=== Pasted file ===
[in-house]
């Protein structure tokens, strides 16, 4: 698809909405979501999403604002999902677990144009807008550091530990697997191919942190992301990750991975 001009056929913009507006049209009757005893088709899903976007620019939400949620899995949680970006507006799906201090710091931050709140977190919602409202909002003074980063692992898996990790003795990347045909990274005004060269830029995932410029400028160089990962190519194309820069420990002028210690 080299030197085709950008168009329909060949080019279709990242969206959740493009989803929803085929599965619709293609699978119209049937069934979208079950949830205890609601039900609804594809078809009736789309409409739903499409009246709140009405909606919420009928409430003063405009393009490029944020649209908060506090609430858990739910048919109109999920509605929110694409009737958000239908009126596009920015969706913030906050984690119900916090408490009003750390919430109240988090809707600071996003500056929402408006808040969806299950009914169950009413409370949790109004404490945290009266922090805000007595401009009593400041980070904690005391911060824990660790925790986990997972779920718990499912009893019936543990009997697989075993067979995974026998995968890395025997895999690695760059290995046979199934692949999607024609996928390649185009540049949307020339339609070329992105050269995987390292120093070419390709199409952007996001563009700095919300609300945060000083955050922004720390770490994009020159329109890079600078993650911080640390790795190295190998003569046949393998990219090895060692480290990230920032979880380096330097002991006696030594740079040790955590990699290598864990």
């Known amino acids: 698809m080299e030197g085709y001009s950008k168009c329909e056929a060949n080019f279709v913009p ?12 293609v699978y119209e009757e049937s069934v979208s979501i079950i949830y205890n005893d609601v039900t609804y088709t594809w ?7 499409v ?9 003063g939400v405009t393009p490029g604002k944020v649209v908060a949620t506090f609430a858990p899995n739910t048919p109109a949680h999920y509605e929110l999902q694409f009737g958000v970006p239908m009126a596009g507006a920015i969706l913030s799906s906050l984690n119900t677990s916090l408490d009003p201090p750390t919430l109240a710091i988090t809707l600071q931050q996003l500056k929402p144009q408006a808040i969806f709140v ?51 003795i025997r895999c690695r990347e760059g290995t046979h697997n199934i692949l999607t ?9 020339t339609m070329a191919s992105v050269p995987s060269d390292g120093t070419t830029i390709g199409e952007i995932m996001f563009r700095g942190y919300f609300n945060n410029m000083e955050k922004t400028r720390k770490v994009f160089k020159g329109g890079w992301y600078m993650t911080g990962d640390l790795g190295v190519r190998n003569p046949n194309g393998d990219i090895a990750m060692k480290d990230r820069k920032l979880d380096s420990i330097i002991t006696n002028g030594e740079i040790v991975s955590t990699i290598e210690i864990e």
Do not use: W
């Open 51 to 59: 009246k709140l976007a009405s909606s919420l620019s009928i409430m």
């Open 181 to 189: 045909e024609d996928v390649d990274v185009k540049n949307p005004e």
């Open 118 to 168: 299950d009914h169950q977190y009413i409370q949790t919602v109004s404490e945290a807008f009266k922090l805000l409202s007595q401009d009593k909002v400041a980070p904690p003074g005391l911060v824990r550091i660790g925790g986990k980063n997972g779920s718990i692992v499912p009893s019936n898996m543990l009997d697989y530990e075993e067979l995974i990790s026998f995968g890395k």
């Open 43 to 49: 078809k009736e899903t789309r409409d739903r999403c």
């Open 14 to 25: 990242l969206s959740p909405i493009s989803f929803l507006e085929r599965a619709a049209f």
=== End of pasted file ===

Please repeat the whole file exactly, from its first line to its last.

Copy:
[in-house]
């Protein structure tokens, strides 16, 4: 698809909405979501999403604002999902677990144009807008550091530990697997191919942190992301990750991975 001009056929913009507006049209009757005893088709899903976007620019939400949620899995949680970006507006799906201090710091931050709140977190919602409202909002003074980063692992898996990790003795990347045909990274005004060269830029995932410029400028160089990962190519194309820069420990002028210690 080299030197085709950008168009329909060949080019279709990242969206959740493009989803929803085929599965619709293609699978119209049937069934979208079950949830205890609601039900609804594809078809009736789309409409739903499409009246709140009405909606919420009928409430003063405009393009490029944020649209908060506090609430858990739910048919109109999920509605929110694409009737958000239908009126596009920015969706913030906050984690119900916090408490009003750390919430109240988090809707600071996003500056929402408006808040969806299950009914169950009413409370949790109004404490945290009266922090805000007595401009009593400041980070904690005391911060824990660790925790986990997972779920718990499912009893019936543990009997697989075993067979995974026998995968890395025997895999690695760059290995046979199934692949999607024609996928390649185009540049949307020339339609070329992105050269995987390292120093070419390709199409952007996001563009700095919300609300945060000083955050922004720390770490994009020159329109890079600078993650911080640390790795190295190998003569046949393998990219090895060692480290990230920032979880380096330097002991006696030594740079040790955590990699290598864990």
């Known amino acids: 698809m080299e030197g085709y001009s950008k168009c329909e056929a060949n080019f279709v913009p ?12 293609v699978y119209e009757e049937s069934v979208s979501i079950i949830y205890n005893d609601v039900t609804y088709t594809w ?7 499409v ?9 003063g939400v405009t393009p490029g604002k944020v649209v908060a949620t506090f609430a858990p899995n739910t048919p109109a949680h999920y509605e929110l999902q694409f009737g958000v970006p239908m009126a596009g507006a920015i969706l913030s799906s906050l984690n119900t677990s916090l408490d009003p201090p750390t919430l109240a710091i988090t809707l600071q931050q996003l500056k929402p144009q408006a808040i969806f709140v ?51 003795i025997r895999c690695r990347e760059g290995t046979h697997n199934i692949l999607t ?9 020339t339609m070329a191919s992105v050269p995987s060269d390292g120093t070419t830029i390709g199409e952007i995932m996001f563009r700095g942190y919300f609300n945060n410029m000083e955050k922004t400028r720390k770490v994009f160089k020159g329109g890079w992301y600078m993650t911080g990962d640390l790795g190295v190519r190998n003569p046949n194309g393998d990219i090895a990750m060692k480290d990230r820069k920032l979880d380096s420990i330097i002991t006696n002028g030594e740079i040790v991975s955590t990699i290598e210690i864990e």
Do not use: W
């Open 51 to 59: 009246k709140l976007a009405s909606s919420l620019s009928i409430m």
């Open 181 to 189: 045909e024609d996928v390649d990274v185009k540049n949307p005004e």
């Open 118 to 168: 299950d009914h169950q977190y009413i409370q949790t919602v109004s404490e945290a807008f009266k922090l805000l409202s007595q401009d009593k909002v400041a980070p904690p003074g005391l911060v824990r550091i660790g925790g986990k980063n997972g779920s718990i692992v499912p009893s019936n898996m543990l009997d697989y530990e075993e067979l995974i990790s026998f995968g890395k």
């Open 43 to 49: 078809k009736e899903t789309r409409d739903r999403c």
């Open 14 to 25: 990242l969206s959740p909405i493009s989803f929803l507006e085929r599965a619709a049209f």